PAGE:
Where is the Oil Price Heading?

Executive Summary


This article provides an overview of Preston and Stig’s discussion of the current market condition with their mastermind group.
This article and podcast answers the following questions:

  • What is a Mastermind Group?
  • Why is the stock market moving up when GDP is going down?
  • Where is the oil price heading?

What is a Mastermind Group?

After reading Napoleon Hill’s classic book Think and Grow Rich, Preston and Stig decided to follow his guidance and create their own mastermind group. But what is that? A mastermind group typically consists of 4-6 people with the same values and goals, but with very different skillsets. They meet regularly and help each other with whatever they are struggling with. Preston and Stig’s mastermind group is no different. It has 5 members who have the same goal of maximizing their returns on their investments, yet each member has very different approaches. Aside from Preston and Stig the members are:

  • Calin Yablonski: SEO and Internet Marketing Expert, and owner of Inbound Interactive
  • Hari Ramachandra: Executive at LinkedIn, and owner of the popular investing blog BitsBusiness
  • Tobias Carlisle: Lawyer, and principal owner at Eyquem Investment Management LLC.

Why is the stock market moving up when GDP is going down?

One of the things that Preston had observed was that the market seemed to only be moving upward when there was bad news. That might appear very contradictory, but the rationale might be that when there is bad news the FED will not increase the interest rate as the economy is not performing.

Toby is skeptical when he is looking at the relationship between GDP and the stock market. He says that in the long run, valuation is the main driver, but in the short run it’s a combination of valuation and trend that determines how the stock market moves. This might be what we are seeing right now, and in the US in particular where most people perceive the stock market as at least moderately overvalued, only a handful of people justify the current valuation by the low interest rates. According to Toby’s research, there is not even a slight negative relationship between GDP and the stock market even for long periods of time. For instance, China has had a tremendous growth over the last decades but the domestic stock market has done poorly, while the opposite can be said for England. It’s really the same thing you can observe with a hot stock where it soars without looking at the intrinsic valuation, but merely the psychology behind that. The argument goes back to valuation where one has been undervalued and is expensive.

Where is the oil price heading?

A very hot topic right now is the price of oil. While the mastermind group has no idea where the price might go in the near term, the discussion for the long term performance of oil can always heat up the debate. One thing that Preston had thought about is that Warren Buffett had sold off his $3.7B stake in Exxon Mobile, which even for Buffett is a significant shift in his portfolio. The reason Preston is hesitant to buy into the oil industry is because it requires an enormous amount of capital expenditures to remain competitive. With an expectation for fiat currencies around the globe to continue to de-value their currencies, Preston has a concern about the cost of sustaining the tangible assets on the oil companies’ balance sheets. Hari had been to the annual shareholder meeting at Berkshire Hathaway and remembered a question that was specifically asked about the reduced position in Exxon Mobile. Vice-Chairman Charlie Munger didn’t seem too excited about the original purchase but stated that it was better than holding cash. Hari’s take on the action to exit the position was that the cash could be put to better use with a new deal with the business partner 3G. So in short, the decision was based on opertunity cost.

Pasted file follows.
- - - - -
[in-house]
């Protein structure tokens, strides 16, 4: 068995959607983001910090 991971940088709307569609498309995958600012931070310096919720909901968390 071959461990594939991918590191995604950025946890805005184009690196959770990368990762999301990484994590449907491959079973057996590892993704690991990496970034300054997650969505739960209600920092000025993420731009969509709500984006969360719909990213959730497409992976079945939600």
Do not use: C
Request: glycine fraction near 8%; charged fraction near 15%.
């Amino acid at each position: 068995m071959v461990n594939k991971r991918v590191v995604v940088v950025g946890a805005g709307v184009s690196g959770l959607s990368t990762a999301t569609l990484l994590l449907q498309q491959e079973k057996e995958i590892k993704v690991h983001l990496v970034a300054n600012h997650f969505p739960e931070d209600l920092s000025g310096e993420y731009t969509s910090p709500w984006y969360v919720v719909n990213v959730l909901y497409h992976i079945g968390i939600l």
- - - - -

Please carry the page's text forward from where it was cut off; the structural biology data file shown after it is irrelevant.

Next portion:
Stig’s personal take on oil was bull. Looking back in history and even today, he has observed a steady increase in the demand of oil. As in all other markets, the demand drives the price in the long run, but it can be severely distorted by the fluctuating supply, especially in the short run. A barrel of oil is a very homogenous product and the barrier to entry today is quite small to supply that amount of energy. The implication is that from time to time, you’ll see way too much supply that will drive down the price. This is what is happening right now, but you’ll also see that marginal players will eventually leave the industry. As this happens, the cost structure of the remaining players will change and they will adapt to the current oil price, which will slowly drive up the price as the competition is now less fierce. As with all other commodities, it’s simply a cycle that repeats itself.

Hari points out that the oil business is characterized by a negative feedback loop where supply can always meet the demand at that given price. If the demand and price is low, only the lowest cost producers can deliver at a profit. For instance, in Saudi Arabia where the marginal cost is typically around $30. As the price of oil increases, other oil fields like isolated areas with deep water drilling might start arousing the interest of suppliers when the oil price cost is closer to $100.

Books and resources mentioned in this episode

Hari’s Blog: BitsBusiness.com

Calin’s SEO Company: Inbound Interactive

Tobias’ Investing Site: The Aquirers Multiple

Tobias’ Blog: GreenBackd.com

Tobias’ book, Deep Value – Read reviews of this book.

Tobias’ book, Quantitative Value – Read reviews of this book.

James O’Shaughnessy’s book, What Works on Wall Street – Read reviews of this book.

Morgan Downey’s book, Oil 101 – Read reviews of this book.

Where Preston and Stig find information about the economy: dshort.com

Videos that Support this Podcast

What is a Mastermind Group


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